account. If there is, ask if the advisor is willing to agree in writing to waive the charge.
4) What is the staffing structure of the advisor? How many people will work on yourspecific account? Who performs investment research and makes portfolio managementdecisions? Are these the same people with whom you will have contact, or are theylocated somewhere else?
Who will actually be doing the work on your account and will you have access to them?
This may or may not be important to you. In some situations, your contact is a
relationship manager who relies on others to do investment research and management. If
so, you want to know who actually manages your account. In other situations, the
“relationship manager” may be nothing more than a sales agent for one or more third
5) Under what regulatory organization is the advisor registered/licensed? Ask for a copyof all registration and licensing documents.
Any advisor with whom you work will be regulated by either the Securities and
Exchange Commission (SEC) or National Association of Securities Dealers (NASD.)
Small advisors (those with less than $25 million in assets) who are not brokers will be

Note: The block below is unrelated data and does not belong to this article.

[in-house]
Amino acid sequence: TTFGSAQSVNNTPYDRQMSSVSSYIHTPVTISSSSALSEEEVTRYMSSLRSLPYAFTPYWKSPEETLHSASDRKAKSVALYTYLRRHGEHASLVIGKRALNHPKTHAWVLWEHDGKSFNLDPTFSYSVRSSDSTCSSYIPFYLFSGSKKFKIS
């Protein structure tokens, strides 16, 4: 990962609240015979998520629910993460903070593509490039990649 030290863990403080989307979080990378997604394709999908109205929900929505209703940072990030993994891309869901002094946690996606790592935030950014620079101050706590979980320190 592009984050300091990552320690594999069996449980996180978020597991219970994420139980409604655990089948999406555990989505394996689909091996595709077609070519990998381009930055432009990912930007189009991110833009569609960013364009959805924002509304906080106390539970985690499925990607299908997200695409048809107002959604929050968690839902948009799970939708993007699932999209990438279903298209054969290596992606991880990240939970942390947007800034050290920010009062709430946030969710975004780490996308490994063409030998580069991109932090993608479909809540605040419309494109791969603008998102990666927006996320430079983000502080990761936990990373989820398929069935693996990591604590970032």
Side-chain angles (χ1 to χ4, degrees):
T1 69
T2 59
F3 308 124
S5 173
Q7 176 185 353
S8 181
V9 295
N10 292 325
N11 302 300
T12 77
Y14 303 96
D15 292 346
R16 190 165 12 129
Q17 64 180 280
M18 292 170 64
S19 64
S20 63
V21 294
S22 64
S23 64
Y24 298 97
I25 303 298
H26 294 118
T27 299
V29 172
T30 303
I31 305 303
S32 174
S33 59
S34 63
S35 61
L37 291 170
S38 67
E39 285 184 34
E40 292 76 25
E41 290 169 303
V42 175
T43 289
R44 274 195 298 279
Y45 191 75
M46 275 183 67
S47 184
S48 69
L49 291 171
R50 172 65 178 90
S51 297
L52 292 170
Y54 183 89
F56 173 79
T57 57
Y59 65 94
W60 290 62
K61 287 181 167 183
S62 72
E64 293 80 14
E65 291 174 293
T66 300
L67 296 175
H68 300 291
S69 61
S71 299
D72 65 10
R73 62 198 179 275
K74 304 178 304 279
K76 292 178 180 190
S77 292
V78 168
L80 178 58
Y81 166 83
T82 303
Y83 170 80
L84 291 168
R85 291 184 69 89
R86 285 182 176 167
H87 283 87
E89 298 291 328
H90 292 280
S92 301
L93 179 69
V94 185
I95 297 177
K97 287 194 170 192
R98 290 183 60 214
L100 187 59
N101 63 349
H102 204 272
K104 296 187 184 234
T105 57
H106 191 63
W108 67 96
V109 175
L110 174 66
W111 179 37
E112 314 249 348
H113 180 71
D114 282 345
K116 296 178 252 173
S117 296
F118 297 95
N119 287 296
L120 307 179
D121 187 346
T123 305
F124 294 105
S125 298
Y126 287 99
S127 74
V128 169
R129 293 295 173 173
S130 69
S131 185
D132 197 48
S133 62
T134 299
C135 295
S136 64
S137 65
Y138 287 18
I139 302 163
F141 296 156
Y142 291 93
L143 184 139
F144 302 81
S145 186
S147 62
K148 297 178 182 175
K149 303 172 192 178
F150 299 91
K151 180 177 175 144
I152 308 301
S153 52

registered and regulated by the individual state(s) in which they conduct business.
6) Has the advisor ever been sued in connection with his/her employment as investmentadvisor? Is the advisor currently the subject of a pending client complaint or lawsuit? If so, please provide details.
When interviewing a potential advisor, you should always ask this question. SEC
Registered Investment Advisors must report this sort of action on Form ADV. This is a
public document and is provided to all new clients. Brokers are not required to disclose
such suits, complaints or settlements. You should ask the question anyway.
7) How are my assets safeguarded? Who actually maintains custody of my assets?
This is an issue with which investors seem to be becoming more sophisticated. Each
month, you should receive a statement from the person who physically holds your assets.
This entity is your custodian. As long as the assets are held in an account covered by the
Security Investors Protectors Corporation (SIPC), your assets are safeguarded against
fraud. Some institutions offer protection against fraud in amounts as high as $100
8) If an advisor shows you historic performance numbers, are they calculated according to a standard methodology?
This has been a difficult point for the investment community for years. The Chartered Financial Analysts Institute has a standard methodology for calculating and presenting performance numbers. Ask if an advisor’s performance history complies with the Global Investment Performance Standards™ as established by the CFA Institute. If an advisor is showing you a specific product or fund and touting its track record, there is little you can do to verify if that advisor is merely showcasing the most recent well-performing fund or if that fund is representative of the advisor’s historic investment selecting skills. Ask the question.
To Ask A Prospective Investment Advisor (PDF version)